From momentary frustrations to big, overwhelming events, we all face different kinds of stress in our lives. April is Stress Awareness Month, so to help you understand what stress is and how to manage it in the healthiest possible ways, we spoke with board-certified physician, Linda Diedriech, MD.
What is Stress?
“Stress response is the body’s natural reaction to changes in its environment,” explains Dr. Diedriech. “When something changes in your life for better or worse, your body reacts and creates stress. Stress response can be very useful, but it can also have long-term negative consequences to your health.”
When you’re stressed, your body reacts by releasing hormones including adrenaline. Adrenaline affects your body in the following ways:
- Increases blood pressure
- Increases heart rate
- Increases acid production, which can result in indigestion or stomach pain
- Increases muscle tension, which can cause pain
- Creates sleep disturbance, which has a huge impact on your overall physiology and whole health.
“When I talk to patients about their mental health and their stress, I remind them we’re incredibly complex creatures and no two people react to stress in the same way. Stress is an external factor and how we respond to it affects how we feel. Some people respond to the same stress differently than others.”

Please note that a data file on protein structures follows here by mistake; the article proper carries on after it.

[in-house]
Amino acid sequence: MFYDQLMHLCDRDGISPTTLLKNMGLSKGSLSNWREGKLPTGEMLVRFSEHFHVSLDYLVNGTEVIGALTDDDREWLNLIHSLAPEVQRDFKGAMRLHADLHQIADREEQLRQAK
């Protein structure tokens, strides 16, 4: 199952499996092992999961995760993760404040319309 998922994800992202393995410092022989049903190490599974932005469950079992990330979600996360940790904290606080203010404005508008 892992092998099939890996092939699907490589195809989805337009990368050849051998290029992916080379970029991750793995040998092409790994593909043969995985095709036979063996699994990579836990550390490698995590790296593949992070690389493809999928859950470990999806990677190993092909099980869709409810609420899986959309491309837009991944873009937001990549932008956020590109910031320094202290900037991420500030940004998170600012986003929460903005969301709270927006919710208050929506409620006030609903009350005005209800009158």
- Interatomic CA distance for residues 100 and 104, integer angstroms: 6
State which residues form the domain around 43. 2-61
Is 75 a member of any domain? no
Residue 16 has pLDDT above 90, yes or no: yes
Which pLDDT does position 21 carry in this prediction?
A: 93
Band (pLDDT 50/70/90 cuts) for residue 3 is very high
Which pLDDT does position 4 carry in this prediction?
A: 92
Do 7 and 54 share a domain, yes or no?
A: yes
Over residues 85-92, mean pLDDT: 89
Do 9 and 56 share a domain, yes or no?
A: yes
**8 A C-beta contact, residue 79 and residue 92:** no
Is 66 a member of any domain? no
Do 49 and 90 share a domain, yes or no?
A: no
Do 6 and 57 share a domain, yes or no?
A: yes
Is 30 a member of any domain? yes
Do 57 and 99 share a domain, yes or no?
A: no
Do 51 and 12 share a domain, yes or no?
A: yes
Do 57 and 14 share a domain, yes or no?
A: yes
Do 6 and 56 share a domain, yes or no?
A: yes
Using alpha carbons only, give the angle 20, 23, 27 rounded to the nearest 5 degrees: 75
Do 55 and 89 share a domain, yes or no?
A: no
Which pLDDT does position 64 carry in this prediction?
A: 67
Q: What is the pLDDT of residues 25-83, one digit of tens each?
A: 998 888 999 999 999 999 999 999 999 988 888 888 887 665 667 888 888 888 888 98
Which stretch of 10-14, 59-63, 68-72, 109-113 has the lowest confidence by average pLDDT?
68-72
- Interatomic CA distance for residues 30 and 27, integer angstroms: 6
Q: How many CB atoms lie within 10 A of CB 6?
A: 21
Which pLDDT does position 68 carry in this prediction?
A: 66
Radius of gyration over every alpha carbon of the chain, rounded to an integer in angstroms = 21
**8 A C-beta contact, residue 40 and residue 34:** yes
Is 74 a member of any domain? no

How to Cope With Stress
“There are a lot of things you can do for yourself,” says Dr. Diedriech. “Exercise is an important way to handle stress. By exercising you release other hormones that work to balance the adrenaline and create a sense of calm.”
Dr. Diedriech also recommends maintaining a proper diet consisting of whole foods. She warns against alcohol and stimulants, as they’re major sleep disruptors. Sleep is extremely important for your whole health. Proper sleep is necessary to maintain the health of your body, mind and spirit.
She also recommends relaxation techniques such as prayer or meditation, and yoga or tai chi. Having someone to talk to such as family, friends, religious leaders, physicians or therapists is also very useful for coping with stress in a healthy way.
“Stress affects all parts of your physiology, including your mood, which affects not only your health, but your overall perception of your health. Stress can make you irritable or socially withdrawn and your social relationships can be affected. So, it’s important to remember to keep in touch with your family and friends when you’re feeling stress. Otherwise, it can create a feedback loop that will leave you withdrawn and anxious.”
If you’re not getting the results you’d like from the relaxation techniques Dr. Diedriech recommends, then you should speak with your primary care provider for alternative solutions.
“What I can do as a physician is prescribe medicines that reduce the symptoms of the mood reactions of stress. These symptoms can be anxiety or depression as well as the physiological effects. Be aware of your symptoms. Early recognition is important for dealing with stress before it becomes a bigger health issue.”
Speak with a Primary Care Provider
If you’re finding your stress has been affecting you negatively and you’d like to speak to Dr. Diedriech about dealing with it, please visit our site or call 727-935-6477 and we’ll help you take back control of your whole health.